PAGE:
Gardner Lab: Light-dependent bacterial signaling pathways
Survival requires organisms to detect and adapt to changes in their surrounding environment. At the molecular level, these processes are achieved by a cascade of interactions among proteins forming signaling transduction pathways. Canonical examples of this principle are provided by bacterial two-component systems (TCS), signaling pathways most simply composed of histidine kinases (HK) and response regulators (RR). Stimuli sensed by the HKs regulate their activation and subsequent phosphorylation of the receiver domain (REC) of downstream RRs, leading to changes in cellular physiology. While numerous proteins involved in two component systems are known, very little is known about the molecular mechanisms that allow these molecules to operate.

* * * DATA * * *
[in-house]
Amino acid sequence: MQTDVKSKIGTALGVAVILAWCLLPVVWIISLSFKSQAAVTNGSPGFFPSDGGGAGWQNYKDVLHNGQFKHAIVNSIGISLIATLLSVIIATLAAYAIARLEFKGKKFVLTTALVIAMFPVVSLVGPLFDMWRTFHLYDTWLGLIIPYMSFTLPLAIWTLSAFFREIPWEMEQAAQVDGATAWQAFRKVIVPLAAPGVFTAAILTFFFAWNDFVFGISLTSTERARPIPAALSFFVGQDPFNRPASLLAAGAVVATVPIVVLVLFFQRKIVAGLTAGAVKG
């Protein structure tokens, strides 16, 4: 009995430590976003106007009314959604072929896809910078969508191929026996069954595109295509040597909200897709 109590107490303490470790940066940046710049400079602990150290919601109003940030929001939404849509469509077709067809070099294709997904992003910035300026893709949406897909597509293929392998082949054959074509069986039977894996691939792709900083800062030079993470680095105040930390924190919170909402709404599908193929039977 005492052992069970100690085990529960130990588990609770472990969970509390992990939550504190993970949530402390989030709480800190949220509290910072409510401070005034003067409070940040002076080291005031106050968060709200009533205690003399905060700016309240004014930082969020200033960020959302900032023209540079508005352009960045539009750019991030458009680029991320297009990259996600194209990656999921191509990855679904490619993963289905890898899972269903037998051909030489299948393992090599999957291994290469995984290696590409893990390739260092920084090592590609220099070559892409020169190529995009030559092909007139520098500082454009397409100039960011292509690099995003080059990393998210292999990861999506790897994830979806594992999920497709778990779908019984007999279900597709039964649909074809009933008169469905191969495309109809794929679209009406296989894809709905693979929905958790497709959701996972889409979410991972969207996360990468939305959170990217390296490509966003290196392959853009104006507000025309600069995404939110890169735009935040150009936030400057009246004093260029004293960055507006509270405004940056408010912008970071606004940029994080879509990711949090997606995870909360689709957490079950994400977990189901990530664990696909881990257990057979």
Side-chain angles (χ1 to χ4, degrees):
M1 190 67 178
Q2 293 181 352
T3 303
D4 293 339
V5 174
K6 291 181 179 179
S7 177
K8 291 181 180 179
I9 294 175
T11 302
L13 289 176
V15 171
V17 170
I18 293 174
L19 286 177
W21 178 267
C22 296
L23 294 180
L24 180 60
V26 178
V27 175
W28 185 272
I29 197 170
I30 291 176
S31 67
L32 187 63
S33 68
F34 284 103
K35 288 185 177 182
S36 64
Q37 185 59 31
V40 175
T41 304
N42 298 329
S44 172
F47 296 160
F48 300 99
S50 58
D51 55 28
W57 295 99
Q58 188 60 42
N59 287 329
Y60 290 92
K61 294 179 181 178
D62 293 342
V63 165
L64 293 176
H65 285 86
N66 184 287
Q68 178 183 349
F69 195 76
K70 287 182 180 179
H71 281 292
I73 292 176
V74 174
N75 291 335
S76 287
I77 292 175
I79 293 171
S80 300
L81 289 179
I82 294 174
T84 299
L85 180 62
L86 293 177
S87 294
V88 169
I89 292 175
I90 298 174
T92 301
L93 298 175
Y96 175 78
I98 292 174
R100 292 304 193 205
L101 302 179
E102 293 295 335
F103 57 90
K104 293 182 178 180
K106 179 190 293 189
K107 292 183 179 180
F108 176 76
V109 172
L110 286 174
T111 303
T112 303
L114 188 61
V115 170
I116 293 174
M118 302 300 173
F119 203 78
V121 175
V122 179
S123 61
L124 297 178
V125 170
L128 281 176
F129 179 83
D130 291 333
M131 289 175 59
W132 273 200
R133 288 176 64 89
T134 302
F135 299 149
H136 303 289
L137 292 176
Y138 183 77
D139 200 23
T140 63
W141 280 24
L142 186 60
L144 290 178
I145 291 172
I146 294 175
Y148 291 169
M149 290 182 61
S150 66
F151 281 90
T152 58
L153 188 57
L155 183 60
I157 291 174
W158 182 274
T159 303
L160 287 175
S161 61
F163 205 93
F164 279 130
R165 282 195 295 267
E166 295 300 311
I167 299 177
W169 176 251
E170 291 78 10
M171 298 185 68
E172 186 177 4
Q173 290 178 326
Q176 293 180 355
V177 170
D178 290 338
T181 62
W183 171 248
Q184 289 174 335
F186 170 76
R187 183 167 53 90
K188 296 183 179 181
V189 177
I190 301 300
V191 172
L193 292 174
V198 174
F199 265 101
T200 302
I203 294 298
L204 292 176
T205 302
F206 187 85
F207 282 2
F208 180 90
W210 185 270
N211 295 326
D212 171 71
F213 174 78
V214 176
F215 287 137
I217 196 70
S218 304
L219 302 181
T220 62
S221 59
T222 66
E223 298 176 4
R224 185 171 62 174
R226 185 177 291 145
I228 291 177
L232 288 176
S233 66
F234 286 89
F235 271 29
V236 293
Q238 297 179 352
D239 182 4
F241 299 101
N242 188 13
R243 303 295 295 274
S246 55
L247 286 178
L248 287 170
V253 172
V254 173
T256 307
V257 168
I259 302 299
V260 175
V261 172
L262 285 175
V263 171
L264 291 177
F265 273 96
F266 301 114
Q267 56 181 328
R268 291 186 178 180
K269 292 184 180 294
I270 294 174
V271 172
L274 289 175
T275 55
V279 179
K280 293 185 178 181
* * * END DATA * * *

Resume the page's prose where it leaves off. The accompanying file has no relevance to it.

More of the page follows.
Within this context, our group studies HKs which sense blue light to both understand their natural signaling characteristics and to lay the foundation for their use in artificial signaling networks. To become sensitized to blue light, these enzymes contain a HK domain coupled with a N-terminal photosensory Light-Oxygen-Voltage (LOV) domain. Prior studies with LOV domains show that blue light initiates signaling by generating a covalent protein/FMN adduct within the LOV domain core. Nonetheless, the mechanism of signal propagation from the sensory domain to the kinase domain is not entirely clear. Our main goal is to study how the LOV-HK proteins interact, how this interaction can be modulated by light to perturb kinase activity, and evaluate what effect this has on phosphotransfer to downstream response regulators. Using our expertise in nuclear magnetic resonance, X-ray crystallography, biochemistry and other methods has let us begun to address those goals and to characterize how LOV-HKs function in complex signaling pathways (Correa et al., 2013; Rivera-Cancel et al., 2014; Ocasio et al., 2015). Results obtained in our studies not only shed light in many aspects of basic research on light regulated signaling pathways, but also advance the development of light regulated biotechnological tools with direct impact on society.